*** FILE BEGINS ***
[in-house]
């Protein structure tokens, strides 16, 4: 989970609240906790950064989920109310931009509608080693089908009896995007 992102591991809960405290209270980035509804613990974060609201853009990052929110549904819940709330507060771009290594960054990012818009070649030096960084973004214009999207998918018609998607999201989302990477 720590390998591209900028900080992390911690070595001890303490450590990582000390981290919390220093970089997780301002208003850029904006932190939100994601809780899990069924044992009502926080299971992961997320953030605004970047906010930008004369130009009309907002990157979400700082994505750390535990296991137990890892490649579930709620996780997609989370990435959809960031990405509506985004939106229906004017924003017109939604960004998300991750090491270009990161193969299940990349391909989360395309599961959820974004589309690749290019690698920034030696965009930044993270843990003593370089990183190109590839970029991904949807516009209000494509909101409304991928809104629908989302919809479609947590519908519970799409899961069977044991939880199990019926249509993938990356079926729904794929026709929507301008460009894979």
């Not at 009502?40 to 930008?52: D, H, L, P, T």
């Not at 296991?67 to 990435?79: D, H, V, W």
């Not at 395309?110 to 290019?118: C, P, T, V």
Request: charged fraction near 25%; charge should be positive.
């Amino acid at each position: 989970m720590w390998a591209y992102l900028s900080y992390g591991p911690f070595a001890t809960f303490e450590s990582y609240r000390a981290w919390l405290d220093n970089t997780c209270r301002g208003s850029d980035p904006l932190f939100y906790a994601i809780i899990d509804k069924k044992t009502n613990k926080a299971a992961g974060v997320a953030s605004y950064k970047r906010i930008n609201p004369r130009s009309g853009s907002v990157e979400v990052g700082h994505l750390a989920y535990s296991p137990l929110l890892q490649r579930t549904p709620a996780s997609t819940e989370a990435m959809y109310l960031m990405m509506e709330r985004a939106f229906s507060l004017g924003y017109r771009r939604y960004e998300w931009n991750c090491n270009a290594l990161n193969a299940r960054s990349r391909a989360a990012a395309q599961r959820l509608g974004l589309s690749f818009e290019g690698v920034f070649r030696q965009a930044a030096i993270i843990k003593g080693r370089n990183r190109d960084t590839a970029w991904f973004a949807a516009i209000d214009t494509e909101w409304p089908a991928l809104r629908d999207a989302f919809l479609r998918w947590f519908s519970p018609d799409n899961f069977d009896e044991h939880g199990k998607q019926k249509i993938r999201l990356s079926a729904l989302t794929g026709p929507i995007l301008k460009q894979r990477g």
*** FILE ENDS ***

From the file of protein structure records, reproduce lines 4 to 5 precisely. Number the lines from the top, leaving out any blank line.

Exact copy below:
């Not at 296991?67 to 990435?79: D, H, V, W």
């Not at 395309?110 to 290019?118: C, P, T, V």